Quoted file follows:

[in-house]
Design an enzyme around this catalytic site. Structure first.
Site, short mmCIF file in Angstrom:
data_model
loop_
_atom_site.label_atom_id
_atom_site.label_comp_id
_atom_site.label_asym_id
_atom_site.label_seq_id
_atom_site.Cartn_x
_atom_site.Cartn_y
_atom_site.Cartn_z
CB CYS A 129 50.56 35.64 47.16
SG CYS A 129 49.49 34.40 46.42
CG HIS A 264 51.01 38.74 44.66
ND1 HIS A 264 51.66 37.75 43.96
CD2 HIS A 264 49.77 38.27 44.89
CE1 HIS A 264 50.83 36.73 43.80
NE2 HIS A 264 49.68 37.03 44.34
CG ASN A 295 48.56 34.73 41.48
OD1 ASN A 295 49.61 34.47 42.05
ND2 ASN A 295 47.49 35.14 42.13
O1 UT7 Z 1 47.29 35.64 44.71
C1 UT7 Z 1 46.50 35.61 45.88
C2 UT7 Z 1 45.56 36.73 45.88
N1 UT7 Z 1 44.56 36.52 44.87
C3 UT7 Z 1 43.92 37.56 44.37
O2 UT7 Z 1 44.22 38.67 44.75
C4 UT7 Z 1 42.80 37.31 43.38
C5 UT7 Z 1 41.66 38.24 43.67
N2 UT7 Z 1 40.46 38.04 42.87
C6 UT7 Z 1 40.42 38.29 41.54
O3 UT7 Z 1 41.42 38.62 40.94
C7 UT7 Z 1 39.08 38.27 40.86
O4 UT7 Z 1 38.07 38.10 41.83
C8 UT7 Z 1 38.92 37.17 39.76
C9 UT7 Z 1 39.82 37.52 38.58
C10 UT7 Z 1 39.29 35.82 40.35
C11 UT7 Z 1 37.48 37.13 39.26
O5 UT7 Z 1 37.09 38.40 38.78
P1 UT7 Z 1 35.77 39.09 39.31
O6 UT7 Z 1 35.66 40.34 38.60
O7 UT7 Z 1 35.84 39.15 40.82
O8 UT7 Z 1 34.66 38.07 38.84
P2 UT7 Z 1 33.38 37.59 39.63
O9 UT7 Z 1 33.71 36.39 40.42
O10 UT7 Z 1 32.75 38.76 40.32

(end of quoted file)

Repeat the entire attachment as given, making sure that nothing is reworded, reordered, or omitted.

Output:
[in-house]
Design an enzyme around this catalytic site. Structure first.
Site, short mmCIF file in Angstrom:
data_model
loop_
_atom_site.label_atom_id
_atom_site.label_comp_id
_atom_site.label_asym_id
_atom_site.label_seq_id
_atom_site.Cartn_x
_atom_site.Cartn_y
_atom_site.Cartn_z
CB CYS A 129 50.56 35.64 47.16
SG CYS A 129 49.49 34.40 46.42
CG HIS A 264 51.01 38.74 44.66
ND1 HIS A 264 51.66 37.75 43.96
CD2 HIS A 264 49.77 38.27 44.89
CE1 HIS A 264 50.83 36.73 43.80
NE2 HIS A 264 49.68 37.03 44.34
CG ASN A 295 48.56 34.73 41.48
OD1 ASN A 295 49.61 34.47 42.05
ND2 ASN A 295 47.49 35.14 42.13
O1 UT7 Z 1 47.29 35.64 44.71
C1 UT7 Z 1 46.50 35.61 45.88
C2 UT7 Z 1 45.56 36.73 45.88
N1 UT7 Z 1 44.56 36.52 44.87
C3 UT7 Z 1 43.92 37.56 44.37
O2 UT7 Z 1 44.22 38.67 44.75
C4 UT7 Z 1 42.80 37.31 43.38
C5 UT7 Z 1 41.66 38.24 43.67
N2 UT7 Z 1 40.46 38.04 42.87
C6 UT7 Z 1 40.42 38.29 41.54
O3 UT7 Z 1 41.42 38.62 40.94
C7 UT7 Z 1 39.08 38.27 40.86
O4 UT7 Z 1 38.07 38.10 41.83
C8 UT7 Z 1 38.92 37.17 39.76
C9 UT7 Z 1 39.82 37.52 38.58
C10 UT7 Z 1 39.29 35.82 40.35
C11 UT7 Z 1 37.48 37.13 39.26
O5 UT7 Z 1 37.09 38.40 38.78
P1 UT7 Z 1 35.77 39.09 39.31
O6 UT7 Z 1 35.66 40.34 38.60
O7 UT7 Z 1 35.84 39.15 40.82
O8 UT7 Z 1 34.66 38.07 38.84
P2 UT7 Z 1 33.38 37.59 39.63
O9 UT7 Z 1 33.71 36.39 40.42
O10 UT7 Z 1 32.75 38.76 40.32